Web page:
And maybe it's not the time anymore for that kind of action - there's always a right time. Who knows.

    There are so many similarities, e.g. in the demands (research, drugs, acceptance), and in the discrimination itself. But also in this: "We have to break up the cult of experts. We are the experts in Aids."

    Act Up was provocating. As they said you need to stirr up the leaders, you need to make it uncomfortable for them. That is something pwME (and with other discriminated diseases) can do, too, in their way.

    Edit: Working with "health care as a human right".
     
    Last edited: Apr 19, 2019
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  11. Snowdrop

    Snowdrop Senior Member (Voting Rights)

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    I think that @Inara has hit on a good point. I hadn't thought about it that way before but if we are quiet or only play nice/by the rules others have laid down then we are abdicating the right to speak plainly and clearly as to the real harm being done. We are in a sense doing the whitewashing for them.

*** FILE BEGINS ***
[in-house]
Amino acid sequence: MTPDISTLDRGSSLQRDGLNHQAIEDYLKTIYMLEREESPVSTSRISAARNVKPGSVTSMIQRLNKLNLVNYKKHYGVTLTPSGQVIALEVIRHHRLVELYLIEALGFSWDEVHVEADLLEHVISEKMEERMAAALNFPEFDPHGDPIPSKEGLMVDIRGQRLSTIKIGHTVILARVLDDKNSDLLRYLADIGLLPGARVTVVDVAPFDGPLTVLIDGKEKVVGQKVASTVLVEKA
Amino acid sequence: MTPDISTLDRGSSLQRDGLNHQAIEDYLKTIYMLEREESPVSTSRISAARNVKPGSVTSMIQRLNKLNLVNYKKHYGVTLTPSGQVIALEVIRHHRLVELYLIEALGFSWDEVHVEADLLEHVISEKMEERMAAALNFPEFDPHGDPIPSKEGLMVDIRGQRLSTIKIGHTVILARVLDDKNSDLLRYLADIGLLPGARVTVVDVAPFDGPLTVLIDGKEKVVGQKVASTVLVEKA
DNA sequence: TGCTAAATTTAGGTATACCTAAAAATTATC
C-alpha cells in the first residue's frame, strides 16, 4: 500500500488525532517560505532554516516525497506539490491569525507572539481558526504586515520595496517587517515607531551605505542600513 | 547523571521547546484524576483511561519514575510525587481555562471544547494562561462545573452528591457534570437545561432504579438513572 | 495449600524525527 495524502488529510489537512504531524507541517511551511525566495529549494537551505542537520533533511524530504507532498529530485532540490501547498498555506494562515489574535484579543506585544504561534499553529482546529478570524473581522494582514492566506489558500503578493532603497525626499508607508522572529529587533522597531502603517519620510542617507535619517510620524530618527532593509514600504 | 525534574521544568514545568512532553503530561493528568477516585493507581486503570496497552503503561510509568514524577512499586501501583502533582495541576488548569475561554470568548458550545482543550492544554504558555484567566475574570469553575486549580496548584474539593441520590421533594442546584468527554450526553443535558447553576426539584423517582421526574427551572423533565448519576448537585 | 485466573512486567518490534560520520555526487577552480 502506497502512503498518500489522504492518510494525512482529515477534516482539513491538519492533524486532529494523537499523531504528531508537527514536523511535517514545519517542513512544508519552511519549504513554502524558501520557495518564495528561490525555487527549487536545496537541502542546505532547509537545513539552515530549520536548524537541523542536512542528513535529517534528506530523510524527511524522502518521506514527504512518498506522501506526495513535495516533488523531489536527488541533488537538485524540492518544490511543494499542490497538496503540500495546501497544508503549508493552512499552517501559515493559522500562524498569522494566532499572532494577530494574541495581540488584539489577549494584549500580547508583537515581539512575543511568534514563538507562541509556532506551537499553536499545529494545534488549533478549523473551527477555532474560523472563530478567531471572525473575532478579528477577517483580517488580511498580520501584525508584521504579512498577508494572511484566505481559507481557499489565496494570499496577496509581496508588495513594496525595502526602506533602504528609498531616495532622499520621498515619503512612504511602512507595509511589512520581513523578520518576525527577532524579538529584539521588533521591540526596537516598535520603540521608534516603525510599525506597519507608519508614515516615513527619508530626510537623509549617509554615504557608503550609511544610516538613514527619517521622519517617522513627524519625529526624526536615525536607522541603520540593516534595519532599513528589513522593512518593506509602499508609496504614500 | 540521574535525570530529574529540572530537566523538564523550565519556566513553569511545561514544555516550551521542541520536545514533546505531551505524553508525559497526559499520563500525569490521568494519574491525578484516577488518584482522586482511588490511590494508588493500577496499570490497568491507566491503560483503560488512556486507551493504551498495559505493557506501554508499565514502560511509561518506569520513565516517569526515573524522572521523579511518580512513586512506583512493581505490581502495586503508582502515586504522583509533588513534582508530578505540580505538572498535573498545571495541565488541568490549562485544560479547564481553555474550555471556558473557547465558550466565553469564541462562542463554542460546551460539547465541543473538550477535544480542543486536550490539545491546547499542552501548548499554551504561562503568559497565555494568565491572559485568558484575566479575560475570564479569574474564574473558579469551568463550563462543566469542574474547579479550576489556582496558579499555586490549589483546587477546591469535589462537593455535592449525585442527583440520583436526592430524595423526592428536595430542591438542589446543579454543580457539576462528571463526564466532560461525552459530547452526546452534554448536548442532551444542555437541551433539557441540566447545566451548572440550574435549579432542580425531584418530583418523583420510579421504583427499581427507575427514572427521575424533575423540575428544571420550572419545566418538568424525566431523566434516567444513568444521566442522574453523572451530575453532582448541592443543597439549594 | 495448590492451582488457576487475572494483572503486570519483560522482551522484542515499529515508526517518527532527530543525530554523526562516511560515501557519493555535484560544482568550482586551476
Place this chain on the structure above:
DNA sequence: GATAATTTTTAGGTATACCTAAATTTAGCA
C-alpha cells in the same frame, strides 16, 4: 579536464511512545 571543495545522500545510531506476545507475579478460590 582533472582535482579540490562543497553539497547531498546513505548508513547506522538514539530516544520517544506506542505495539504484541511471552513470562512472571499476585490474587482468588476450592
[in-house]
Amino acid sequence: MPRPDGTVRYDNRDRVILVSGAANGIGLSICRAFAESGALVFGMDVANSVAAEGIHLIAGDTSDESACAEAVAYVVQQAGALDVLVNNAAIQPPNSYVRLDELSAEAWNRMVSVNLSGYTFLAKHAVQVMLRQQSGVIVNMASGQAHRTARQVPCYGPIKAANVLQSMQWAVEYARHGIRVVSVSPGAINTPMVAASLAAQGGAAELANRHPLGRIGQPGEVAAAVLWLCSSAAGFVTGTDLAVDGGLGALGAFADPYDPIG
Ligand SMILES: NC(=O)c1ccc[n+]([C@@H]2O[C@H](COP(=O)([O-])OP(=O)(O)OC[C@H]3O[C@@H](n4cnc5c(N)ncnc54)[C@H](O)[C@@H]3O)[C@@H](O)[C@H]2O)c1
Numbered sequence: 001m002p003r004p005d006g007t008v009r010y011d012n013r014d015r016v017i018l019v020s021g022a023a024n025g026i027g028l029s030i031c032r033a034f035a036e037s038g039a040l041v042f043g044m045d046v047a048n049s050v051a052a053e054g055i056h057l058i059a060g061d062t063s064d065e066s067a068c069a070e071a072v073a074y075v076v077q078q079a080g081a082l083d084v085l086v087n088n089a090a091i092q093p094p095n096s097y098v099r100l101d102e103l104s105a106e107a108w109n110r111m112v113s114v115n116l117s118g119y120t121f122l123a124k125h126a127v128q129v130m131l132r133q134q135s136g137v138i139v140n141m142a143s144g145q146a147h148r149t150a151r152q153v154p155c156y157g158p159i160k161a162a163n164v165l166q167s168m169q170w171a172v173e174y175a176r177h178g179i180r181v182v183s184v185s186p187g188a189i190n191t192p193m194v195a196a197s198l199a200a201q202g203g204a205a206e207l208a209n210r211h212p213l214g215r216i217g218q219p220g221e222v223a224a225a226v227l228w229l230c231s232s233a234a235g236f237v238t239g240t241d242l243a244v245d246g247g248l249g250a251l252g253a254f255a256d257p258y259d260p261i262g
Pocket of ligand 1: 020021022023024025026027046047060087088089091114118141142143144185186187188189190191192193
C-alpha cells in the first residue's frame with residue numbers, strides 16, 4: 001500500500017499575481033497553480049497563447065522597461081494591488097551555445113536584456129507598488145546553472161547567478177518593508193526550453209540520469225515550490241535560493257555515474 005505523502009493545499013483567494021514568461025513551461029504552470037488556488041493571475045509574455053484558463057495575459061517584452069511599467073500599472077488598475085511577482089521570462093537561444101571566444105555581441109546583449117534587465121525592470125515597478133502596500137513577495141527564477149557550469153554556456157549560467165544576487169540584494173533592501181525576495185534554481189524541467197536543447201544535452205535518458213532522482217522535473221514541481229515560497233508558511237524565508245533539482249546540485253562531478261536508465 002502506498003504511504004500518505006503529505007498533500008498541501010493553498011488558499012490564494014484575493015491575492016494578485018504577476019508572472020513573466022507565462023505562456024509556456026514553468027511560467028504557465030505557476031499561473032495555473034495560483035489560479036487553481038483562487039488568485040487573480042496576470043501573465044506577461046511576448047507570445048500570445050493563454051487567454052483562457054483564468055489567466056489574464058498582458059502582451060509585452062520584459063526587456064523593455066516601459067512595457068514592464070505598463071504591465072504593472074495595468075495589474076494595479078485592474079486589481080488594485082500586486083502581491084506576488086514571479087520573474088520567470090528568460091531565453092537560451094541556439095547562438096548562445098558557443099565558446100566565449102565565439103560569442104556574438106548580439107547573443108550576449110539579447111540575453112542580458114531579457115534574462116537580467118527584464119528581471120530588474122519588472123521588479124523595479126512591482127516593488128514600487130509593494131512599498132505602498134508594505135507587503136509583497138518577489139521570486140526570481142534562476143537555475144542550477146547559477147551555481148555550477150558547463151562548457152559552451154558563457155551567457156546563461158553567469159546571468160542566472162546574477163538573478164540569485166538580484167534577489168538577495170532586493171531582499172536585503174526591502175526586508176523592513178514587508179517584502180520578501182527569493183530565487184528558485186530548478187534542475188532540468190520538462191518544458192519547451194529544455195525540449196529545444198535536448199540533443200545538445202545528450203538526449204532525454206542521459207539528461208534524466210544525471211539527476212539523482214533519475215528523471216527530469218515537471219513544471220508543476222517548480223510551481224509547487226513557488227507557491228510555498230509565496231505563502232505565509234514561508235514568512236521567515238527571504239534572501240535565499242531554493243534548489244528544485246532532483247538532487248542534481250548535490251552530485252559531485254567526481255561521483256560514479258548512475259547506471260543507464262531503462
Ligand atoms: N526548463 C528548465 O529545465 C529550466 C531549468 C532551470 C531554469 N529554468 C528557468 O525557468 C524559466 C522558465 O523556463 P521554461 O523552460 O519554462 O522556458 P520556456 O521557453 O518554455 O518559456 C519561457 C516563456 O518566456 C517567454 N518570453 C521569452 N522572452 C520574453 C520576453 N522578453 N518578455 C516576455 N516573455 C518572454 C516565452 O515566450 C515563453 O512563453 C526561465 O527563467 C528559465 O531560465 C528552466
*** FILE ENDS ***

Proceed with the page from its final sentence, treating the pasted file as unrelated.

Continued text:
That's not to say that the ACT UP style is the only way to take our message out to the public. I think after the initial shock of speaking out this way people might start to see the point.

    ME is not AIDS so there are differences of perception yet I do think there is a place for more confrontational methods of communicating. And as stated, the more restrained we are the more the powerful can push to gag any kind of dissent from their official version of reality.

    Something to consider.